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Dear Gregory,

With the exception of line four, I agree that your scansion works, but I
think, as you note, it could be read differently in places.  For example, as
two words "can not" would have a stress on "not."  But as one word, I
would not read the stress there.  It tends to run together as two
unstresses.  I would also read it with what you note as a variant with the
stress on "who" in "who then."

But I do not think any native English speaker would ever promote "ble" to a
stress.  To do so would make the line sound absurd, would it not?

If we give up that, we have three lines of four stress and two of three
stress.  That might be a basic tetrameter if all the rest is, and I'd have to
check, but in the given lines it is "not a consistent meter" is it?  Since I do
not stress the "not," that gives trimeter with variation.  But I think it is
based on stresses and not any single meter.  But I think you are right that
in the whole section, most lines have four stresses.  They do not have any
regularity of iambic or trochaic or whatever though there are more iambs I
think, at least in the first stanza.  I would have to scan it all carefully to
see because it does not fall into a pattern except for the predominance of
four stress lines overall.
Nancy



Date sent:              Wed, 1 Jan 2003 13:14:28 -0500
Send reply to:          "T. S. Eliot Discussion forum." <[log in to unmask]>
From:                   "D.Gregory Griffith" <[log in to unmask]>
Subject:                Re: Meter in LG IV/208
To:                     [log in to unmask]

Nancy, Gunnar,

I read the lines as tetrameter with variations. I offer my scansion
below. I do also notice the missing beat in the 3rd line that Gunnar
has pointed out. The asterisk over line four indicates a syllable that in
traditional scansion would probably be "promoted" to a stressed syllable,
though it's nearly impossible for me to hear. Promoting a syllable is
usually done (if  I'm remembering my class in metrics) if  1. the poem
scans regularly enough elsewhere to warrant that the foot in question
should "follow suit"  2.  the unstressed syllable in question creates a
verse foot that does not (according to traditional methods of scansion)
exist in English. In the line and feet in question, the second foot would
be three unstressed syllables--a "tribrach"-- followed by a "cretic" foot
(stressed, unstressed, stressed: /_ /). Neither of those feet is common to
English scansion. My opinion is the fourth line should scan:
                                 _     _  /   _ /  _      /      _   /
                                The intol |era| ble shirt| of flame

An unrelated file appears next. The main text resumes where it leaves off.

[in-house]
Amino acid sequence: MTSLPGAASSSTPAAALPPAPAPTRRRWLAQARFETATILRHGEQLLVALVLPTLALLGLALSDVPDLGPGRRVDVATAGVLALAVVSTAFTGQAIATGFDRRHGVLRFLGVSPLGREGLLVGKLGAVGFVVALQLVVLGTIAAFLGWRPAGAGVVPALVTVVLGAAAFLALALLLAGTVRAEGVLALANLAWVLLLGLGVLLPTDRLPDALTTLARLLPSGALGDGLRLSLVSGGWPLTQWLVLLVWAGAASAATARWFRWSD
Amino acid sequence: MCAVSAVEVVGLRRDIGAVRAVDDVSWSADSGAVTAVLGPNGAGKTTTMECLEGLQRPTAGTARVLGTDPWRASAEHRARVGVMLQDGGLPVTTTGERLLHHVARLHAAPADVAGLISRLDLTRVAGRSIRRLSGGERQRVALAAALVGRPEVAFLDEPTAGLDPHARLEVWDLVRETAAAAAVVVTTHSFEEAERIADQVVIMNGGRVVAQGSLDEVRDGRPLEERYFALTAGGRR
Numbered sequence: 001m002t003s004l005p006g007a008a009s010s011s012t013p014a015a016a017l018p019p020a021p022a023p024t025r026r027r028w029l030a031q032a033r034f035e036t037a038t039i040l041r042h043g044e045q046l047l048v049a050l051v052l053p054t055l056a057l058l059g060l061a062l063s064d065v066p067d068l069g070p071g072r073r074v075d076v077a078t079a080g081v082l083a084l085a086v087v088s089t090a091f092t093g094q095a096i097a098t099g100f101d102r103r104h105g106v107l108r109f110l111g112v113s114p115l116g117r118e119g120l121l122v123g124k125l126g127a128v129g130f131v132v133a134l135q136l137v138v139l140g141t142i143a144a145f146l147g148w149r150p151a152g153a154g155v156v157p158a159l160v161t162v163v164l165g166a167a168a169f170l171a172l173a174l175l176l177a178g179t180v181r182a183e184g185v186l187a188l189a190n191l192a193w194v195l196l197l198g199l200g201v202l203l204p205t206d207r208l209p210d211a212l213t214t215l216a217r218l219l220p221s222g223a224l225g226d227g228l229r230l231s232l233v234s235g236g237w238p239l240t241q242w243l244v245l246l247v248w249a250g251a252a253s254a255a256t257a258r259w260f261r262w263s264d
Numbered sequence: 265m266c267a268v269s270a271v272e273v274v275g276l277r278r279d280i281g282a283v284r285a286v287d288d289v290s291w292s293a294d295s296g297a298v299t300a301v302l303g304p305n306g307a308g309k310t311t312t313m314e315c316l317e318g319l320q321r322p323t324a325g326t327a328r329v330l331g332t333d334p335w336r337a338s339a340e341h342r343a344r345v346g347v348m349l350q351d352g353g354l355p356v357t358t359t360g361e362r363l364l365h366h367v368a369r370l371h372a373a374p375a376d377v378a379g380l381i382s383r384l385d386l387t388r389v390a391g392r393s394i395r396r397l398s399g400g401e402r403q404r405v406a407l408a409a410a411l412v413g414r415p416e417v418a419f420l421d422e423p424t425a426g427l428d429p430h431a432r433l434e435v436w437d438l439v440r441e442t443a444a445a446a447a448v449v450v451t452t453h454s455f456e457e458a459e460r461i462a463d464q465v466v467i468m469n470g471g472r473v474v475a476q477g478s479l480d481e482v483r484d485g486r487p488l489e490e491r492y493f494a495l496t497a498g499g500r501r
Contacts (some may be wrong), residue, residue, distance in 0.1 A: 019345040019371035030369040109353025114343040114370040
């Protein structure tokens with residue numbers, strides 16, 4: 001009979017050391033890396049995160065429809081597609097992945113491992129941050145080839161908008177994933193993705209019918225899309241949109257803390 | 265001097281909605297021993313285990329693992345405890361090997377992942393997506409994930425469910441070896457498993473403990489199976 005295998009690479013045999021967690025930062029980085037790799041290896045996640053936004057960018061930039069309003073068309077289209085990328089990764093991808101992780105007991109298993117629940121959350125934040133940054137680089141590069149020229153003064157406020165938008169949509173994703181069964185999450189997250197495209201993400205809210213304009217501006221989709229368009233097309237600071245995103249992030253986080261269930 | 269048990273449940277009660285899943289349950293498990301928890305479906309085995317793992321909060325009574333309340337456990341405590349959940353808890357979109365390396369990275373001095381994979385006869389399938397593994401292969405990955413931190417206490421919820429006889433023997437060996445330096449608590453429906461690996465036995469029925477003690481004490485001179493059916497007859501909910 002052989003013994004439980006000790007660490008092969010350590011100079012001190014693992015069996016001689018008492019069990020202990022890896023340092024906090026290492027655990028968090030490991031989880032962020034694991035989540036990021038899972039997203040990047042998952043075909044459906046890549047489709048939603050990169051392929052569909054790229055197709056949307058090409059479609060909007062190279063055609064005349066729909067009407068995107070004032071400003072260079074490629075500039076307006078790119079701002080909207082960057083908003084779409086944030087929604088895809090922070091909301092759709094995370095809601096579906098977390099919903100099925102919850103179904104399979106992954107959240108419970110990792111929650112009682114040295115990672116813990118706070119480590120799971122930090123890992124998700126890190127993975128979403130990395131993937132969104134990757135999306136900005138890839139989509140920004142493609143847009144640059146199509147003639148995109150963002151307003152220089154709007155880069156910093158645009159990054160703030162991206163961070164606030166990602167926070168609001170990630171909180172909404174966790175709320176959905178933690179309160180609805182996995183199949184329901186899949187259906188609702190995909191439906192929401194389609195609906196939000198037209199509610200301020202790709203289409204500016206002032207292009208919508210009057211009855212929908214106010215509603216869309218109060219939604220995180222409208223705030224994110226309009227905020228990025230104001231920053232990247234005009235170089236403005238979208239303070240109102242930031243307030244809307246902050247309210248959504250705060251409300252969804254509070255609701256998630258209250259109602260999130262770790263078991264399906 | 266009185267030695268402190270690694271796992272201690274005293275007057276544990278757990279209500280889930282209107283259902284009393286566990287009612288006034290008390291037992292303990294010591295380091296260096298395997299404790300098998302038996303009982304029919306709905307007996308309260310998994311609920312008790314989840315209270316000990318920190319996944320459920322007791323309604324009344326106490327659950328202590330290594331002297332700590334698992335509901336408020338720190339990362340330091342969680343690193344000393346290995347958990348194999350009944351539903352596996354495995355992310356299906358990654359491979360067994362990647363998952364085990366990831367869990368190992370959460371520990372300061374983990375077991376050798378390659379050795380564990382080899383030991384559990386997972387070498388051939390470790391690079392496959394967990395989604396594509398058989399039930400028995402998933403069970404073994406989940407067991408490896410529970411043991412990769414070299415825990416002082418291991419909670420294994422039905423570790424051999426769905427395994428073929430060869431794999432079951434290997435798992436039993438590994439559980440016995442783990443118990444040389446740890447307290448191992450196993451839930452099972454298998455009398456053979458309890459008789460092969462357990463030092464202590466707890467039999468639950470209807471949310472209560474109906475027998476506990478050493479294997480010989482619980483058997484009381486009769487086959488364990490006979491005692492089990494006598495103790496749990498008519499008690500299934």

Rather than:
                                 _     _  /    _ _  _     /    _   /
                                 The intol |erable| shirt of flame

My scan of the whole:

_        /      _  /        _    /    _         /
Who then devised the torment? Love.
 /        _   _    /  _   /   _   /
Love is  the unfamiliar Name
_    /       _    /         _     /
Behind the hands that wove
_      _  /  _  *  _   /     _    /
The intolerable shirt of flame
_            /  _     /   _     _   /      _   /
Which human power cannot remove.

I already see a  foot or two that could be scanned as reversed:
 _       /
Who then

could be :
 /        _
Who then

but reversing feet is usually considered to be acceptable substitution
within the meter whereas a completely different foot--an anapest let's
say--is considered a departure from the meter. Again, the meter here has
been "loosened" to accept both occasional substitutions and departures.

Happy New Year to all!
--Greg--


Nancy Gish wrote:

> Dear Gunnar,
>
> It is not a consistent meter.  First you need to put "the" back in "Love
> is the unfamiliar name."  Then I think Carrol is right that it is based
> on three stresses with variable unstresses.  There is no regular
> syllable count or metric pattern but there is the three stress rhythm.
> Nancy
>
> Date sent:              Wed, 1 Jan 2003 05:42:53 +0100
> Send reply to:          "T. S. Eliot Discussion forum."
> <[log in to unmask]> From:                   Gunnar Jauch
> <[log in to unmask]> Subject:                Meter in LG IV/208 To:
>                     [log in to unmask]
>
> Dear all,
>
> while New Year sweeps across our planet, let us all hope for a peaceful
> 2003. Let us pray that Mr. Bush shall follow up on his promise given
> tonight to solve all international problems by ways of diplomacy.
>
> I should like to open a new topical thread with the aforementioned
> verses that allude to Julian of Norwich's words, perhaps THE central
> part of the entire Quartets:
>
> Who then devised the torment? Love.
> Love is unfamiliar Name
> Behind the hands that wove
> The intolerable shirt of flame
> Which human power cannot remove.
>
> There is, it seems to me, a metric problem with the third line.
> All other lines have another rhythm (hexameter?), whereas, in the third,
> two beats are missing:
>
>  -  -  -  -
>
>  -  -  -  -
>
>  -  -  -
>
>  -  -  -  -
>
>  -  -  -  -
>
> Rereading and memorizing the poem, I keep stumbling over this anomaly
> over and over again. Think of altering it into  "gentle/caring/magic"
> hands, and the entire stanza would get a more fluent rhythm.
>
> The  stanza's symmetry the different line denotes, however, would be
> lost. And maybe this was the reason why TSE wrote it as such.
>
> Any suggestions?
>
> Gunnar